Leader of Canada's Bishops Asks Prayers for Upcoming Synods on Family
In Annual Message, Notes New Saints' Emphasis on Family
Toronto, (ZENIT.org) | 903 hits
The leader of Canada's bishops has written a message for the nation's second National Week for Life and the Family. The National Week will be celebrated across Canada starting Sunday, in accordance with the plans, priorities and resources of each local diocese.
Here is the message from Archbishop Paul-André Durocher of Gatineau, president of the Canadian Conference of Catholic Bishops (CCCB).
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In the Gospel for the Fourth Sunday of Easter, we hear these powerful words of Jesus: "I came that they might have life, and have it abundantly" (John 10.10). How can we not hear these words and give thanks for families which give life and give it in abundance? Families open our hearts to life, and give birth to our vision of life. Families enable us to come alive, sustain us in life, and give us our most important reasons to live, even when in difficulty. Families teach us to appreciate life. Is it any wonder that a few years ago, the Bishops of Canada made the decision to link life issues with family life when they launched the national initiative for life and family, of which this National Week is an integral part?
I give thanks to God for my family: it is with them I learned to believe, forgive, love, share, trust, to give thanks and show respect, to be honest and be filled with awe and wonder. In a Catholic family, moments such as Baptism, First Confession, First Communion, and Confirmation mark our journey in life, just as do marriage, ordination and the Anointing of the Sick. In a faith-filled family, even death manifests this continuity of faith and life, as brothers and sisters, parents and children gather to support one another in hope and trust. Families truly are schools of life!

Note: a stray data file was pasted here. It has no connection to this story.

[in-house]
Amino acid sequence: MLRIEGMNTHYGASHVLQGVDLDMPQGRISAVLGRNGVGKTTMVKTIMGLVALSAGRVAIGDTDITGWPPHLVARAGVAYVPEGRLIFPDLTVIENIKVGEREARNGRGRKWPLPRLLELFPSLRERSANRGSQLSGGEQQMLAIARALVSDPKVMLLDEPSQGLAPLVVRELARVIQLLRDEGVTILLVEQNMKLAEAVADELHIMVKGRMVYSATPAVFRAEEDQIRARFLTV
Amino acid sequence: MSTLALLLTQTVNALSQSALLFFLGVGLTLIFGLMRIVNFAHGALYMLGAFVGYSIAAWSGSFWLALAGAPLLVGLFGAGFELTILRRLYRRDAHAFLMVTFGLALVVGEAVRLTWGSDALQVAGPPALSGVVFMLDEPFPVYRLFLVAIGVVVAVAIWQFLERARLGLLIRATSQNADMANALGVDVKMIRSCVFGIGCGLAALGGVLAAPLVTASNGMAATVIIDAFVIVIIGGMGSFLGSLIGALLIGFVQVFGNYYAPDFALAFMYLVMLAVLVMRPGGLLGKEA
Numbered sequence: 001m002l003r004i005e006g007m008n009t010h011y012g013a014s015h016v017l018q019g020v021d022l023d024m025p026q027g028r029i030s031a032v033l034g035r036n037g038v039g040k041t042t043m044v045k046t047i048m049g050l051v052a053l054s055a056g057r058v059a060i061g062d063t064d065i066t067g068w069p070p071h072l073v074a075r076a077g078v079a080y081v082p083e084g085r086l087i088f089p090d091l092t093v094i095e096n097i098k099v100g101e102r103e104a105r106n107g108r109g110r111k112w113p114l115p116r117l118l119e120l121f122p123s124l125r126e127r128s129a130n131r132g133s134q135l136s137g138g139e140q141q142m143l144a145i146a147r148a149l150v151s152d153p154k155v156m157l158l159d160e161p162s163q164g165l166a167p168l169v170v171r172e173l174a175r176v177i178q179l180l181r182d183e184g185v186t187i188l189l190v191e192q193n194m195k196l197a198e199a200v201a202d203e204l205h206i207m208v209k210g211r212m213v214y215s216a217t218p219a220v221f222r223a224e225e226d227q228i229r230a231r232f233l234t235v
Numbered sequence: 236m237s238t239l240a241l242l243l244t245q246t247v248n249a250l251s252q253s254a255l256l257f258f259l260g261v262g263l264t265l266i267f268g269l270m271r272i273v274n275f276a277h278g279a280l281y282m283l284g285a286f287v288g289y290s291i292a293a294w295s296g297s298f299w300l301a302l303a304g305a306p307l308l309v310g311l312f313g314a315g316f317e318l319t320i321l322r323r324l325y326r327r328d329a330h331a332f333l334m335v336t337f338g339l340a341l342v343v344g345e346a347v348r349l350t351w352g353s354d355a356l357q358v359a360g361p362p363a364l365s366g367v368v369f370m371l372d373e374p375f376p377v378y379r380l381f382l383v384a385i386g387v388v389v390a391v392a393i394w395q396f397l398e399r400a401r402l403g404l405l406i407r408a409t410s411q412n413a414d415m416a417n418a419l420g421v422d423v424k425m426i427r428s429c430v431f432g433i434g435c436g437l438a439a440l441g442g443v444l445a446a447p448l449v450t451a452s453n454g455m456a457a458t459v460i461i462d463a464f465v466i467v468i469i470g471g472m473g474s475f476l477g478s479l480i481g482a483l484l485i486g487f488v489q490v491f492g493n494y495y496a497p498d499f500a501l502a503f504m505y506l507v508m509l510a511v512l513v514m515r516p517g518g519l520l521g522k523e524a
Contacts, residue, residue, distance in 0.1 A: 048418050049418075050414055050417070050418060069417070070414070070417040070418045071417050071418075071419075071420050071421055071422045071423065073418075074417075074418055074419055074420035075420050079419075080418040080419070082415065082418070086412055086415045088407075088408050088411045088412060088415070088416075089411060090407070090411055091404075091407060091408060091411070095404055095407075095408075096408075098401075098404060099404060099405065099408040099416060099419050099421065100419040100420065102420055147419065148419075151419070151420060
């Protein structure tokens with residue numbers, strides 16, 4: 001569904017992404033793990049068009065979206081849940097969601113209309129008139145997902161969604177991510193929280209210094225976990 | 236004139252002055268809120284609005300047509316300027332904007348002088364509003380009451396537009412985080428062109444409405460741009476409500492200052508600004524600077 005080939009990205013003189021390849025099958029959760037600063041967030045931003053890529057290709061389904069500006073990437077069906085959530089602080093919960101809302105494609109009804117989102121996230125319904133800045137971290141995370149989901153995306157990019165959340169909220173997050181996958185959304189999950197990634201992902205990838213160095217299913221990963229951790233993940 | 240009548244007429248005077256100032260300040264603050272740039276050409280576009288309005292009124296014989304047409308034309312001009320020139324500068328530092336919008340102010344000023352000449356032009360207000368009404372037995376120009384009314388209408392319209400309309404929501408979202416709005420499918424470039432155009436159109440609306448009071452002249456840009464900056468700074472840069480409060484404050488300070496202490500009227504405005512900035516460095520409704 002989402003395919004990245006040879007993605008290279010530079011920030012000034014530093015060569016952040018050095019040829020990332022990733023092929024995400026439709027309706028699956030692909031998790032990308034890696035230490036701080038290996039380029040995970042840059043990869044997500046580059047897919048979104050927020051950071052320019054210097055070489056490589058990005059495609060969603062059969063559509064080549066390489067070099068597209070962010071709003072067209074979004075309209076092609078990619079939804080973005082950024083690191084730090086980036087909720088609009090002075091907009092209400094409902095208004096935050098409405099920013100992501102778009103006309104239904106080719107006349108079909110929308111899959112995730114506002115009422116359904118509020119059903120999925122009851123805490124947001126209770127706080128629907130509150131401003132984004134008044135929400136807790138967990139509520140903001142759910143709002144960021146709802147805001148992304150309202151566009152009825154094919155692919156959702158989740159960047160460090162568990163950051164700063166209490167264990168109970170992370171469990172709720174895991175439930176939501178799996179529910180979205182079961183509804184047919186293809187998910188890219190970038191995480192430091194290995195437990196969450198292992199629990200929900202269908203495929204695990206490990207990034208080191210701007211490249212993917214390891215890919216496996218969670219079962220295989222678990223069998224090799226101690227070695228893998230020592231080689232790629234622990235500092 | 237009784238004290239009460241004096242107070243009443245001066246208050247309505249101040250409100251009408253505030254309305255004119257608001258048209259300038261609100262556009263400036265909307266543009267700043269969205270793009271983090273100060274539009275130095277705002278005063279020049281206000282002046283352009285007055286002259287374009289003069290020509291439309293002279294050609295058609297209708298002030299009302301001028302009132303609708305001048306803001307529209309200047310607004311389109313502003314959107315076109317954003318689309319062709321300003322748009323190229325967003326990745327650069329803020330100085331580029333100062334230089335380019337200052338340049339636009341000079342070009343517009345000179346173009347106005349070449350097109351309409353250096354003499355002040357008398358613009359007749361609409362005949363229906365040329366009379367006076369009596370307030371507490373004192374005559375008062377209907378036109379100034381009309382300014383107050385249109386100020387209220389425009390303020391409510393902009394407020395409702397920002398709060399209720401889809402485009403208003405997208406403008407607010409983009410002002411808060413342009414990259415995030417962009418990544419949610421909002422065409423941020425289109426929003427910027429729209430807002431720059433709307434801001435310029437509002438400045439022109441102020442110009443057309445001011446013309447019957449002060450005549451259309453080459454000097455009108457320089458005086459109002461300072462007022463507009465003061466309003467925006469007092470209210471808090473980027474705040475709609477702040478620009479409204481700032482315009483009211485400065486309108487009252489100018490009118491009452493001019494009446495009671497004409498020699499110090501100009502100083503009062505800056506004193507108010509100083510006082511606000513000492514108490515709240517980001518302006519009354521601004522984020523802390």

I have just returned from the canonizations of two new Saints, gifts of God to the Church. As I think of Saint John XXIII, I recall the night of the opening of the Second Vatican Council, when he spoke to the crowds with a real father's heart, saying: "As you go back home, you will find your children. Give them a hug and tell them: 'This is the Pope's hug!' Perhaps you will find a few tears that need drying. Have a word of comfort for whoever is suffering.... Let us be filled with life, singing, sighing, crying, but always full of faith in Christ who helps us and listens to us, and let us once again take up our journey" (Discorso alla luna ["The Moonlight Speech"], 11 October 1962).
I also remember the words of Saint John Paul II as he reflected on the family: "The family finds in the plan of God the Creator and Redeemer not only its identity, what it is, but also its mission, what it can and should do.... Each family finds within itself a summons that cannot be ignored and that specifies both its dignity and its responsibility: family, become what you are!" (Apostolic Exhortation on the Role of the Christian Family in the Modern World, Familiaris Consortio, 17).
Following in the footsteps of these two great Saints, Pope Francis has also made the family one of his chief concerns. This October, I will participate in an Extraordinary Synod of Bishops he has called to reflect on the challenges facing families in today's cultures. This will be followed one year later by a second, Ordinary Synod that will propose concrete ways the Church can help all of Christ's faithful respond to these challenges. I invite all of us to start praying now for the success of both these Synods. Let us pray too for all families as they strive to become what they are meant to be: "Families united in the joy of the Lord."
+ Paul-André Durocher
Archbishop of Gatineau
President of the Canadian Conference of Catholic Bishops